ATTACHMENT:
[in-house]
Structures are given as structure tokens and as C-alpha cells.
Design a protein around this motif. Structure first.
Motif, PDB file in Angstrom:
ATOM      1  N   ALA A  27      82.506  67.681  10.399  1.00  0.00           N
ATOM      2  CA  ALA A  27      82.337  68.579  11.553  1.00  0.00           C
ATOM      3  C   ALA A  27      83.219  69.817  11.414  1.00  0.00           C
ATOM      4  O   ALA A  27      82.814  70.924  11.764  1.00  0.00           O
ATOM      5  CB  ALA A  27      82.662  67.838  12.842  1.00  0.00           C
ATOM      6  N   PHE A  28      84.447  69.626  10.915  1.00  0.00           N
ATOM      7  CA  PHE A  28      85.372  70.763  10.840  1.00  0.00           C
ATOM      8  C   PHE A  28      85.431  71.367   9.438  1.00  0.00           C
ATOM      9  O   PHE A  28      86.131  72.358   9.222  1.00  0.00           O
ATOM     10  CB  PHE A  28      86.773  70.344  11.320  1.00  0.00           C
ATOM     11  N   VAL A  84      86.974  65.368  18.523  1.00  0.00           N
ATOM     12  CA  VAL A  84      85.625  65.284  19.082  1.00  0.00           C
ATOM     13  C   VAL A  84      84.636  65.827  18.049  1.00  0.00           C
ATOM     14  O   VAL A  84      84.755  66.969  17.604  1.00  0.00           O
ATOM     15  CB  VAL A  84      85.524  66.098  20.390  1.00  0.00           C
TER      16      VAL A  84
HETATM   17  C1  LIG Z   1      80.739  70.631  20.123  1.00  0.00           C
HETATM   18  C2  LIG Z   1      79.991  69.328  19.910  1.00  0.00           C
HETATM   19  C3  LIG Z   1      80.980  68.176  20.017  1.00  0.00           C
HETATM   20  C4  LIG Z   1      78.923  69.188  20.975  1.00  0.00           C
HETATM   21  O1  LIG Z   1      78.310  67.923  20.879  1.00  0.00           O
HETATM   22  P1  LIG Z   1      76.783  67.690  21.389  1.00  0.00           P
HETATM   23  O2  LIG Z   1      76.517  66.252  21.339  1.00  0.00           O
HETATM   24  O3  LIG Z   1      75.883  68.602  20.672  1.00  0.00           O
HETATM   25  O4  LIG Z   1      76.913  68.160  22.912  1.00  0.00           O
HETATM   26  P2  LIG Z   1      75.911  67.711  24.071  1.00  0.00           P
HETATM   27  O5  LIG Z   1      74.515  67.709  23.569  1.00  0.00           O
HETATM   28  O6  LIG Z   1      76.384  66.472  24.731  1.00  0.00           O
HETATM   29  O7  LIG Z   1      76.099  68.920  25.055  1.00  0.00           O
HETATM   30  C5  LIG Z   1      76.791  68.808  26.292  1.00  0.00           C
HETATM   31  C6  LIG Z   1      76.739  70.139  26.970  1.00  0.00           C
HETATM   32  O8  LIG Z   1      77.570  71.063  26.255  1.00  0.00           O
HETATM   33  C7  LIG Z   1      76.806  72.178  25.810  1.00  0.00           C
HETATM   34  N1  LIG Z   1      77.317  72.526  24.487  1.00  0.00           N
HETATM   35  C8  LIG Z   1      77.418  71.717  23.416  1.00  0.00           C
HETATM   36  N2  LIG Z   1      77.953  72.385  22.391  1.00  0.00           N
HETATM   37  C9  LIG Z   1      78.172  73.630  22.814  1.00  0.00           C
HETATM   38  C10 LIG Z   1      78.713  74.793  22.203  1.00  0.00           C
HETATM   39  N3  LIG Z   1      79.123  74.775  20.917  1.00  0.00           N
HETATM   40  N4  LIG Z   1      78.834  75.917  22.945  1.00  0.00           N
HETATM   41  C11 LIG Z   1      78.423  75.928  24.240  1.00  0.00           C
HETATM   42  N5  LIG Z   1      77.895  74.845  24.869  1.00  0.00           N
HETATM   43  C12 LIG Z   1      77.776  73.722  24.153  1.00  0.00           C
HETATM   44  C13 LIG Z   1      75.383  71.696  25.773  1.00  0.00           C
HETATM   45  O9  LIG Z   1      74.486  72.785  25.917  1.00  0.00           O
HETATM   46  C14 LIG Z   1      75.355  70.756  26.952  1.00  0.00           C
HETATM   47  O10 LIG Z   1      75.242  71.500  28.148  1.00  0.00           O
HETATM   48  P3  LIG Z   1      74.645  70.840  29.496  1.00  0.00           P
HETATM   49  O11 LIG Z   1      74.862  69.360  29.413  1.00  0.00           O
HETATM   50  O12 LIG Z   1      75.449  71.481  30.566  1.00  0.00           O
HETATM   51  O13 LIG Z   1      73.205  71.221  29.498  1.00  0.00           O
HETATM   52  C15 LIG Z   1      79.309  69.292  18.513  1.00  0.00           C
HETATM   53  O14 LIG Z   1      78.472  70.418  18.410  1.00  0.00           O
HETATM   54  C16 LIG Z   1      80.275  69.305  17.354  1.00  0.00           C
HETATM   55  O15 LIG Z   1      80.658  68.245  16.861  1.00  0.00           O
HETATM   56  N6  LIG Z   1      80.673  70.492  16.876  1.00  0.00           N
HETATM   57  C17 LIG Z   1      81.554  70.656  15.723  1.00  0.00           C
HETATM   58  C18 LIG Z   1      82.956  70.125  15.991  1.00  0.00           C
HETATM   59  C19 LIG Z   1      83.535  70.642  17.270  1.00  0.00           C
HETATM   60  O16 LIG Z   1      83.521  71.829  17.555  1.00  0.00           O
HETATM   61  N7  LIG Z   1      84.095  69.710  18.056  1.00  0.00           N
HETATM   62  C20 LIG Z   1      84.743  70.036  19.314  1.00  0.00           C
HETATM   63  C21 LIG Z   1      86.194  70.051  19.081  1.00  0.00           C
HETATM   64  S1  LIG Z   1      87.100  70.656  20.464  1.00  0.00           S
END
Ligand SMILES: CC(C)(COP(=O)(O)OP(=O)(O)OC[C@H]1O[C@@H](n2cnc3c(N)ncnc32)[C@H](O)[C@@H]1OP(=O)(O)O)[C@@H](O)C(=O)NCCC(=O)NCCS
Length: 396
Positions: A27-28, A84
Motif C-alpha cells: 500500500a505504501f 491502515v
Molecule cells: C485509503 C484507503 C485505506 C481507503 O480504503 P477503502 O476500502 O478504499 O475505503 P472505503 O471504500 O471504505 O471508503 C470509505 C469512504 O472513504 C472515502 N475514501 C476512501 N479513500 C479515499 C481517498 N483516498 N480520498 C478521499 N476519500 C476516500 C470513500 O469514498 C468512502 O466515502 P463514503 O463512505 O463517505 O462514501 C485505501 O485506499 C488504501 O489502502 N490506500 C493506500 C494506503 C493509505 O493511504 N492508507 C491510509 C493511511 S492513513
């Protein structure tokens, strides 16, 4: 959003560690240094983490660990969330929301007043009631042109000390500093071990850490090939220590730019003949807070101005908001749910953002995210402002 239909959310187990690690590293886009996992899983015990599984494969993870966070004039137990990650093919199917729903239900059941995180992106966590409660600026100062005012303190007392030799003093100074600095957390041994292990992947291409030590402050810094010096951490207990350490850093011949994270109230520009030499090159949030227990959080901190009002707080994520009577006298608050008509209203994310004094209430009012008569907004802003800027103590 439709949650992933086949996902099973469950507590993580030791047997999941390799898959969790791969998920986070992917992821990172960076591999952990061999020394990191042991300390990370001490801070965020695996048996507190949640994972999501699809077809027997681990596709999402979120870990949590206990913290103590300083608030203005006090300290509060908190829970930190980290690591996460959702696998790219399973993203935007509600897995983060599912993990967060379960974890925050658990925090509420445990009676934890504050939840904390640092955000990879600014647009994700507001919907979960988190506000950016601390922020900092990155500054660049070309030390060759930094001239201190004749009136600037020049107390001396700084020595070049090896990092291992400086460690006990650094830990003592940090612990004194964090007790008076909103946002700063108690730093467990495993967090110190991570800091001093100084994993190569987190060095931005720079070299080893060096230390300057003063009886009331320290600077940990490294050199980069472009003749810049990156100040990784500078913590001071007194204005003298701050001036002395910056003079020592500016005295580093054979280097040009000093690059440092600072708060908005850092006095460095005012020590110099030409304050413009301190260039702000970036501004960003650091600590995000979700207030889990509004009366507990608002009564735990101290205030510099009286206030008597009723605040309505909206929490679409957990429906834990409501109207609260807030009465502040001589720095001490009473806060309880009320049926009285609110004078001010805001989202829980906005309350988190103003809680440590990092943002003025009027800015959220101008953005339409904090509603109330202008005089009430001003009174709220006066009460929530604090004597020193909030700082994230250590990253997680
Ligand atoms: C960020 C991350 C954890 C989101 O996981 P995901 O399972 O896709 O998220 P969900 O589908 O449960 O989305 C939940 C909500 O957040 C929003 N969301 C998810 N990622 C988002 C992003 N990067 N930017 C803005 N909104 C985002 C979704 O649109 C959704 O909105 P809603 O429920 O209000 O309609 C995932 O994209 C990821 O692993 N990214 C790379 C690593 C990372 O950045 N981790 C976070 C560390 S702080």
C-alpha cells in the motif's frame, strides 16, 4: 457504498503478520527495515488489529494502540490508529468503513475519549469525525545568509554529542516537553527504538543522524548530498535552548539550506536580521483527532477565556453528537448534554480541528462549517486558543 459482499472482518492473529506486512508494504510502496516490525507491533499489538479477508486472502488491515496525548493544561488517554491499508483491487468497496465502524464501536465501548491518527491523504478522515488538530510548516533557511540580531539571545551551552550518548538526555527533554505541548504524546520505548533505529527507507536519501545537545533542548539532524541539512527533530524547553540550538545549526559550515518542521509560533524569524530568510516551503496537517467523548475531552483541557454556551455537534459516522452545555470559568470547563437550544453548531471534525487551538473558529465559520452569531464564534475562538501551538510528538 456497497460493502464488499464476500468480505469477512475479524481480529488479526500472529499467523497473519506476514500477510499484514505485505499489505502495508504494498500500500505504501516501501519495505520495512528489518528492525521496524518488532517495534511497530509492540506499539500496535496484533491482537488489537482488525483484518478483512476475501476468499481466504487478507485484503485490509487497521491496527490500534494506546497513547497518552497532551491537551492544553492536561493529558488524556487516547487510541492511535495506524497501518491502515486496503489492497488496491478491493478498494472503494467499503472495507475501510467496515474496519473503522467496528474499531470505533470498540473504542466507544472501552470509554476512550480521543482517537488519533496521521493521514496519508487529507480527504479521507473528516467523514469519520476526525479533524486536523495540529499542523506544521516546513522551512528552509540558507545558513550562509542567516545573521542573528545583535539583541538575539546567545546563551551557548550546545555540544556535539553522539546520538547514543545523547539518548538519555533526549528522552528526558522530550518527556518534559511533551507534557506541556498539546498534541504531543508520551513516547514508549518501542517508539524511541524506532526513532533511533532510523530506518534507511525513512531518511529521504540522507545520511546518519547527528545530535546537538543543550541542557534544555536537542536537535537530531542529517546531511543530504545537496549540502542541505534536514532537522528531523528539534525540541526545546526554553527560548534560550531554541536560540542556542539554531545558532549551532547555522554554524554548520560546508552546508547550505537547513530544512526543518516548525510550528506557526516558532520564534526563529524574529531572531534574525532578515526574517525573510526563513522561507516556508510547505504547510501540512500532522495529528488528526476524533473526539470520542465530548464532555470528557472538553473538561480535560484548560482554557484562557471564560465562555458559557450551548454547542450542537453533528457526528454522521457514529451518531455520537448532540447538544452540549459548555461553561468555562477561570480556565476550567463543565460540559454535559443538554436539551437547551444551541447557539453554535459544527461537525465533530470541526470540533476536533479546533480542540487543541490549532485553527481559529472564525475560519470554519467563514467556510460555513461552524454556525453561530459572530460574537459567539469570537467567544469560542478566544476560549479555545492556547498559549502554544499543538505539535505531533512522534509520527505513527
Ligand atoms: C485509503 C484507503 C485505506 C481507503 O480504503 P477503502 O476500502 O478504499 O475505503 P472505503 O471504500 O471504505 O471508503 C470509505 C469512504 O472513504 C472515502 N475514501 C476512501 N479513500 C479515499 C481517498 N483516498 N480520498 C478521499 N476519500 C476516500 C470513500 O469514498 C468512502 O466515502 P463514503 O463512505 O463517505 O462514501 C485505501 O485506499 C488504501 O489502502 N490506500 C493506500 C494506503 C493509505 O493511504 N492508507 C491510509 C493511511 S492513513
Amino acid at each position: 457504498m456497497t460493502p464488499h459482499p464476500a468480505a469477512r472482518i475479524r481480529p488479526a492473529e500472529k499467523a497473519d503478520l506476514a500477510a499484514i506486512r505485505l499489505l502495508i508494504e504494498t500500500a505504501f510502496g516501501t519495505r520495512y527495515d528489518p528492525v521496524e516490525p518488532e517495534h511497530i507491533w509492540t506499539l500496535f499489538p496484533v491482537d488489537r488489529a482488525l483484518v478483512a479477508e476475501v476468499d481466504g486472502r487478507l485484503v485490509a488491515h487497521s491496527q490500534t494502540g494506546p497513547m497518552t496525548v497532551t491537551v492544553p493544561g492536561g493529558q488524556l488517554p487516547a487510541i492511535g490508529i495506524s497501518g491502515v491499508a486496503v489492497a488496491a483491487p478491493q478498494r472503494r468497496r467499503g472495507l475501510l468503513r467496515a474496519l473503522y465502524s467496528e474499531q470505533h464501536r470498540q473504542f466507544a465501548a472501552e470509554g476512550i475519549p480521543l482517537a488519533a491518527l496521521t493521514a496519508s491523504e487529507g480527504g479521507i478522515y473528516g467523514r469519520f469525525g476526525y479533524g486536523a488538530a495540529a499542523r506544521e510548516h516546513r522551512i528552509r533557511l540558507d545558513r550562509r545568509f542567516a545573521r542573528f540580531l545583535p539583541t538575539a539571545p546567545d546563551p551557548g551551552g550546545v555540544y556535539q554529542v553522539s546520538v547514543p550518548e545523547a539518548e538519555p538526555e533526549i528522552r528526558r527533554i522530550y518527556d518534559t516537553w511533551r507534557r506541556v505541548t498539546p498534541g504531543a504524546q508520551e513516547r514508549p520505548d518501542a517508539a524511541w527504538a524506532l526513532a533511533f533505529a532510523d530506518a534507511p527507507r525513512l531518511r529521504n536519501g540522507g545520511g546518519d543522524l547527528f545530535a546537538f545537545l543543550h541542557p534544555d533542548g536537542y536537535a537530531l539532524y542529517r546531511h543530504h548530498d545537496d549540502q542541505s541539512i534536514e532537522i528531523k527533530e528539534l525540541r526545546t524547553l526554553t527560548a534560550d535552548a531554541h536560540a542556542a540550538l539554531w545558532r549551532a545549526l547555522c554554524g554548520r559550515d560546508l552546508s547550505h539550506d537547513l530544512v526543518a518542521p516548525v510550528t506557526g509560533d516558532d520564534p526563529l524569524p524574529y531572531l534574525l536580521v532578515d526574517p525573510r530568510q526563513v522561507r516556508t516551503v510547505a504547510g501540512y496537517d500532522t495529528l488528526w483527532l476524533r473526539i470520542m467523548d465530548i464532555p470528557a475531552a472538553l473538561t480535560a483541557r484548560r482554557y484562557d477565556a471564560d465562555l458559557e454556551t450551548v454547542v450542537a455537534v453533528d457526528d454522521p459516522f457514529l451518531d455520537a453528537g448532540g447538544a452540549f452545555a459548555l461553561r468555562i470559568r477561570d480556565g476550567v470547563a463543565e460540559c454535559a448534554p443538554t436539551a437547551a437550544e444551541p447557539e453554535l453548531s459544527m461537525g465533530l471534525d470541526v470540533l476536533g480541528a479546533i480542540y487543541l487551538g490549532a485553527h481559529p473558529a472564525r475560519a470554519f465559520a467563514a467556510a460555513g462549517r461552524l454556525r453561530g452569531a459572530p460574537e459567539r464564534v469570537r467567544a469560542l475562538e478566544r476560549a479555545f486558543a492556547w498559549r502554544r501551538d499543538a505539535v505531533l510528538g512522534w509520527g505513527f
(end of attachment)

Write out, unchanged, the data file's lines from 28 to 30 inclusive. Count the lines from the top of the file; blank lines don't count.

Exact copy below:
HETATM   24  O3  LIG Z   1      75.883  68.602  20.672  1.00  0.00           O
HETATM   25  O4  LIG Z   1      76.913  68.160  22.912  1.00  0.00           O
HETATM   26  P2  LIG Z   1      75.911  67.711  24.071  1.00  0.00           P